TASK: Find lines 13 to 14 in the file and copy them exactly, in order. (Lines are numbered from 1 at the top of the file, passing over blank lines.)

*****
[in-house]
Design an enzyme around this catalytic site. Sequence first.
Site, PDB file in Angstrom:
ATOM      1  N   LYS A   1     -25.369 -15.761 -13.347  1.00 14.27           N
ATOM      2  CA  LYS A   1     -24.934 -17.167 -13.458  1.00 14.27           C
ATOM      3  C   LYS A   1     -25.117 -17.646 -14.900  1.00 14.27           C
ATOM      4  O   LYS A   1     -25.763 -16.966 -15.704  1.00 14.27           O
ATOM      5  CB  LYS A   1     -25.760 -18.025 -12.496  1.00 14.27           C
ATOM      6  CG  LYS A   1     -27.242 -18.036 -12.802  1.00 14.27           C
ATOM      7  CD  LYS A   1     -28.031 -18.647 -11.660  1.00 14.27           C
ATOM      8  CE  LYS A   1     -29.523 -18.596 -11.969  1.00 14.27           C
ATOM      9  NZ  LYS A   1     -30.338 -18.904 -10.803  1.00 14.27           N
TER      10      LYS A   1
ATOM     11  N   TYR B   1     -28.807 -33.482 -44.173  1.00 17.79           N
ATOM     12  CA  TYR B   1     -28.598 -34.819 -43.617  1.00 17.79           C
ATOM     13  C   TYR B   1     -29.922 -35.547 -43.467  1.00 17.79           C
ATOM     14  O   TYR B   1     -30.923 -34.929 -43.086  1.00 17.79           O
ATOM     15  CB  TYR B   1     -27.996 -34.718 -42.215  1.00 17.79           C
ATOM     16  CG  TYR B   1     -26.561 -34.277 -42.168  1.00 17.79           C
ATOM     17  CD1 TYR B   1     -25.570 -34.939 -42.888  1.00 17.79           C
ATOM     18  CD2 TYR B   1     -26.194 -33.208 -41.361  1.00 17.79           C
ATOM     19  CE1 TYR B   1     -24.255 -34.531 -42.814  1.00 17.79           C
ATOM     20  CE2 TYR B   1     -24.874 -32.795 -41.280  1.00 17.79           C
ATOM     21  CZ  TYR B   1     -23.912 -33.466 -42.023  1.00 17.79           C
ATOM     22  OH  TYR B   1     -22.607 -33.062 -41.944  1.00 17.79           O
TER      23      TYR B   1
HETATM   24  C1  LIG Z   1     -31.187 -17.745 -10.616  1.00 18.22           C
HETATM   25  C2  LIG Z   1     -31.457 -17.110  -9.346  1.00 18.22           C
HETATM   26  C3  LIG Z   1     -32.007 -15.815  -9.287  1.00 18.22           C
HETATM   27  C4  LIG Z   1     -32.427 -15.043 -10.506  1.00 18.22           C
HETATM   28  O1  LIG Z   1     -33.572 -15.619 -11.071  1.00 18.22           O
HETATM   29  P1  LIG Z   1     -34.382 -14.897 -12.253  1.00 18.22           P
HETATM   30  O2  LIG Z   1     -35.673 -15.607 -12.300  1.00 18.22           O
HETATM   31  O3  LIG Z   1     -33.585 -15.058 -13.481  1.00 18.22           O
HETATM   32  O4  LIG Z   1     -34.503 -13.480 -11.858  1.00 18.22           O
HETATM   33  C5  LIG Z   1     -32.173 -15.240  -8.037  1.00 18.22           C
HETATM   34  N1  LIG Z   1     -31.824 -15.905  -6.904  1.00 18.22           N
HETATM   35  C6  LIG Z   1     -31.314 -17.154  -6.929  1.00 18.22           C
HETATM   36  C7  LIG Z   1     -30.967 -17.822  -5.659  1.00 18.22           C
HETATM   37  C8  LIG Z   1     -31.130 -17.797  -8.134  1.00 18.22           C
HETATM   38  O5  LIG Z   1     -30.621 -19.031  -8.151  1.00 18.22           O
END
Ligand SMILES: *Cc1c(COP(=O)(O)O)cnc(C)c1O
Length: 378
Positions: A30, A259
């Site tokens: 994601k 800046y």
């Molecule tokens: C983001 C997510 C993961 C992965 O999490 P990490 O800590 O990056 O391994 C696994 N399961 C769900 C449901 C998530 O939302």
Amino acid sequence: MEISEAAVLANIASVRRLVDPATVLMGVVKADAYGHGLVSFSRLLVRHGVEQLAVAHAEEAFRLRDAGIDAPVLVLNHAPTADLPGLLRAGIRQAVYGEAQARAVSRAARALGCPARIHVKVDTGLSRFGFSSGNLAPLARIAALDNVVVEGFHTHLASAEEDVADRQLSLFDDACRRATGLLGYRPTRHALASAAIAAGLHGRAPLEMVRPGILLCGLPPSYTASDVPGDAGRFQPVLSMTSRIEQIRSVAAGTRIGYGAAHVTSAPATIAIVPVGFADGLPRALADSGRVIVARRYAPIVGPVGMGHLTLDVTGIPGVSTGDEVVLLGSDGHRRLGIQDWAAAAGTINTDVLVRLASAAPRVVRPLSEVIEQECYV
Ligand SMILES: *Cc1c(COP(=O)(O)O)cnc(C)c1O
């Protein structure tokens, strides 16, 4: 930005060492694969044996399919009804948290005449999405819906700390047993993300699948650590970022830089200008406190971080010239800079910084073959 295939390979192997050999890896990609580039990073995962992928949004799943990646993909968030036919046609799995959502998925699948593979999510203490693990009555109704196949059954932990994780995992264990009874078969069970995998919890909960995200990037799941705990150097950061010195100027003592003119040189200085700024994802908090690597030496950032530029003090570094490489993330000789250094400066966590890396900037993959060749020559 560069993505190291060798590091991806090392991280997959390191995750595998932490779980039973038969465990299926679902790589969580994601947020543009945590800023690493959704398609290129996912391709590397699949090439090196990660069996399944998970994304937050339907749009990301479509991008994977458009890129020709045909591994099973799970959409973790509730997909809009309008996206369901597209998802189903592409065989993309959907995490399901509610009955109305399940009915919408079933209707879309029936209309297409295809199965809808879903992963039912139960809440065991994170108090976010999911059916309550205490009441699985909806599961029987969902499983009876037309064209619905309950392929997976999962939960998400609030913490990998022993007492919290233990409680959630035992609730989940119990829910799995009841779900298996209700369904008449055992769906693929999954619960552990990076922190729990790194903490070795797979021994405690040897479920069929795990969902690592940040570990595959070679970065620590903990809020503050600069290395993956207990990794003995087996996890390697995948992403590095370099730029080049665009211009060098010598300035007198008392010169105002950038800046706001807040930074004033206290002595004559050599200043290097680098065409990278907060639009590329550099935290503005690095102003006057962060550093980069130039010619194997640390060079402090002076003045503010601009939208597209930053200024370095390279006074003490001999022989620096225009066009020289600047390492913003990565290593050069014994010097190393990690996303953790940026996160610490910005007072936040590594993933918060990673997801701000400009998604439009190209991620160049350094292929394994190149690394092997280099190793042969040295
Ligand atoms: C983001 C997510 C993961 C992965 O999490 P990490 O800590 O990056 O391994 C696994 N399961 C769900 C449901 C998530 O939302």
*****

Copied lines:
TER      10      LYS A   1
ATOM     11  N   TYR B   1     -28.807 -33.482 -44.173  1.00 17.79           N